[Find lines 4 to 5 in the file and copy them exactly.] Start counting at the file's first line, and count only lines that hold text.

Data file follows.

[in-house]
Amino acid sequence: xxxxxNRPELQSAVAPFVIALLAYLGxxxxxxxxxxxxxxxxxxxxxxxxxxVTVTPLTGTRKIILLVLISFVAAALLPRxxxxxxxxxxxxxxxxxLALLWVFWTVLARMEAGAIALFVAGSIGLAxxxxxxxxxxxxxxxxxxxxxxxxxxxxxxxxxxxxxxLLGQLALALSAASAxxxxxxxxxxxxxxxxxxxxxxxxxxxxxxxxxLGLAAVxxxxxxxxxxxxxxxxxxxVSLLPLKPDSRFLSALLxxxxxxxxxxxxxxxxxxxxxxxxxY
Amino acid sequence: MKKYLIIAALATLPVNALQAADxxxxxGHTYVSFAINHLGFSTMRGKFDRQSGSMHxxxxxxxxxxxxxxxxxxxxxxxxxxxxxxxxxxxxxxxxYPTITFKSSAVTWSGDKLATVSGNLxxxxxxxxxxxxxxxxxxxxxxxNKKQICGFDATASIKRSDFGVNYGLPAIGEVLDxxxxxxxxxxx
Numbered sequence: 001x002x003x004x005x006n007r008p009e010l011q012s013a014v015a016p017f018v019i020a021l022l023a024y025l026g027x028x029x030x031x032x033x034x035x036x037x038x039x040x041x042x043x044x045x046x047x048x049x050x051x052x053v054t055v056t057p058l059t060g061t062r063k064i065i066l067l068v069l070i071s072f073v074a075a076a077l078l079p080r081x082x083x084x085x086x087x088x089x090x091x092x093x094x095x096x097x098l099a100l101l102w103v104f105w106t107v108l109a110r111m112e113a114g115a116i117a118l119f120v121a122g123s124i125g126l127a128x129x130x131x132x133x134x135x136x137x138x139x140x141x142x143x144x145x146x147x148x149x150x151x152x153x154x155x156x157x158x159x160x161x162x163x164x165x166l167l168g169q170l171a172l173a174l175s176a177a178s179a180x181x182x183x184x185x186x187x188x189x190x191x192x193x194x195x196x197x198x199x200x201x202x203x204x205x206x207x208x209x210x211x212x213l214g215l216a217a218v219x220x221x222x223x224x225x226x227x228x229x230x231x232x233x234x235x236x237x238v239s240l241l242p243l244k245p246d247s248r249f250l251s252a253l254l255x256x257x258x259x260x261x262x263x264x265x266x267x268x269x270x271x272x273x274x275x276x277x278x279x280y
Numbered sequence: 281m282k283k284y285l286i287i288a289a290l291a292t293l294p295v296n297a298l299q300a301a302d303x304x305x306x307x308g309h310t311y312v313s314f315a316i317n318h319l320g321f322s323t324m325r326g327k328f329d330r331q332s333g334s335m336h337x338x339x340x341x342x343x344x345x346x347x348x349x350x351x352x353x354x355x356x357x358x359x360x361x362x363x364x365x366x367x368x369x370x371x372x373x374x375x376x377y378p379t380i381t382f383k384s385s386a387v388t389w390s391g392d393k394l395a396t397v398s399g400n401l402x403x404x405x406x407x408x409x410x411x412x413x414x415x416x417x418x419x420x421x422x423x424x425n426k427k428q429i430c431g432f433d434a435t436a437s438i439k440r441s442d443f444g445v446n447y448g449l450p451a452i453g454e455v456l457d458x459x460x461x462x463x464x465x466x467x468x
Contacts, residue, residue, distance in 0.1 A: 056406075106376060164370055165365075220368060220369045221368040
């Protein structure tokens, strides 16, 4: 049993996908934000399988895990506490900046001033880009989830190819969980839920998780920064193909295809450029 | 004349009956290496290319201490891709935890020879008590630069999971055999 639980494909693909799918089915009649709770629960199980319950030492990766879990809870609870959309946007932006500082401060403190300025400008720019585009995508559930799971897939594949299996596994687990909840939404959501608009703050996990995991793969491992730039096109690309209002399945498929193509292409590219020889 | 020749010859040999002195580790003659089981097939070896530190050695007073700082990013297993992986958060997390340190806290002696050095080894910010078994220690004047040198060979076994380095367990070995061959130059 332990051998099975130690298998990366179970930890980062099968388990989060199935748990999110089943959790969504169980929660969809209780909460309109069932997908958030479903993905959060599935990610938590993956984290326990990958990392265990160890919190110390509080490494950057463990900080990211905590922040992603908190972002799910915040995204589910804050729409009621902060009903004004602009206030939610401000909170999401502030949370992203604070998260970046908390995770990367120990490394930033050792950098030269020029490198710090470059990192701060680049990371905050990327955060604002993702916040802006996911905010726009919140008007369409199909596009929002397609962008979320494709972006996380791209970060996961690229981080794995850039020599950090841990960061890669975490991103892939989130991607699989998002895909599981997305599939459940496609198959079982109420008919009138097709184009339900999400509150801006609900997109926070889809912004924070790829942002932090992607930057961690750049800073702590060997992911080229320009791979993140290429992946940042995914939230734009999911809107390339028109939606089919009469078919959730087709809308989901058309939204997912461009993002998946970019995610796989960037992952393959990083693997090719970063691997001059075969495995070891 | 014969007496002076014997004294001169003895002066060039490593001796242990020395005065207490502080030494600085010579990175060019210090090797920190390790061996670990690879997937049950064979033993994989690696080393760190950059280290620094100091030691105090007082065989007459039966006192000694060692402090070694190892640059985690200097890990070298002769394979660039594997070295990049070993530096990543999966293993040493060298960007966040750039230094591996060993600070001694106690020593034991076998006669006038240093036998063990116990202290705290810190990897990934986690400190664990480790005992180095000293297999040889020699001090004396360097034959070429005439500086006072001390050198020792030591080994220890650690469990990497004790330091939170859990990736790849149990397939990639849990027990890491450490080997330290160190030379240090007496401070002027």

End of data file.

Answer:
Numbered sequence: 001x002x003x004x005x006n007r008p009e010l011q012s013a014v015a016p017f018v019i020a021l022l023a024y025l026g027x028x029x030x031x032x033x034x035x036x037x038x039x040x041x042x043x044x045x046x047x048x049x050x051x052x053v054t055v056t057p058l059t060g061t062r063k064i065i066l067l068v069l070i071s072f073v074a075a076a077l078l079p080r081x082x083x084x085x086x087x088x089x090x091x092x093x094x095x096x097x098l099a100l101l102w103v104f105w106t107v108l109a110r111m112e113a114g115a116i117a118l119f120v121a122g123s124i125g126l127a128x129x130x131x132x133x134x135x136x137x138x139x140x141x142x143x144x145x146x147x148x149x150x151x152x153x154x155x156x157x158x159x160x161x162x163x164x165x166l167l168g169q170l171a172l173a174l175s176a177a178s179a180x181x182x183x184x185x186x187x188x189x190x191x192x193x194x195x196x197x198x199x200x201x202x203x204x205x206x207x208x209x210x211x212x213l214g215l216a217a218v219x220x221x222x223x224x225x226x227x228x229x230x231x232x233x234x235x236x237x238v239s240l241l242p243l244k245p246d247s248r249f250l251s252a253l254l255x256x257x258x259x260x261x262x263x264x265x266x267x268x269x270x271x272x273x274x275x276x277x278x279x280y
Numbered sequence: 281m282k283k284y285l286i287i288a289a290l291a292t293l294p295v296n297a298l299q300a301a302d303x304x305x306x307x308g309h310t311y312v313s314f315a316i317n318h319l320g321f322s323t324m325r326g327k328f329d330r331q332s333g334s335m336h337x338x339x340x341x342x343x344x345x346x347x348x349x350x351x352x353x354x355x356x357x358x359x360x361x362x363x364x365x366x367x368x369x370x371x372x373x374x375x376x377y378p379t380i381t382f383k384s385s386a387v388t389w390s391g392d393k394l395a396t397v398s399g400n401l402x403x404x405x406x407x408x409x410x411x412x413x414x415x416x417x418x419x420x421x422x423x424x425n426k427k428q429i430c431g432f433d434a435t436a437s438i439k440r441s442d443f444g445v446n447y448g449l450p451a452i453g454e455v456l457d458x459x460x461x462x463x464x465x466x467x468x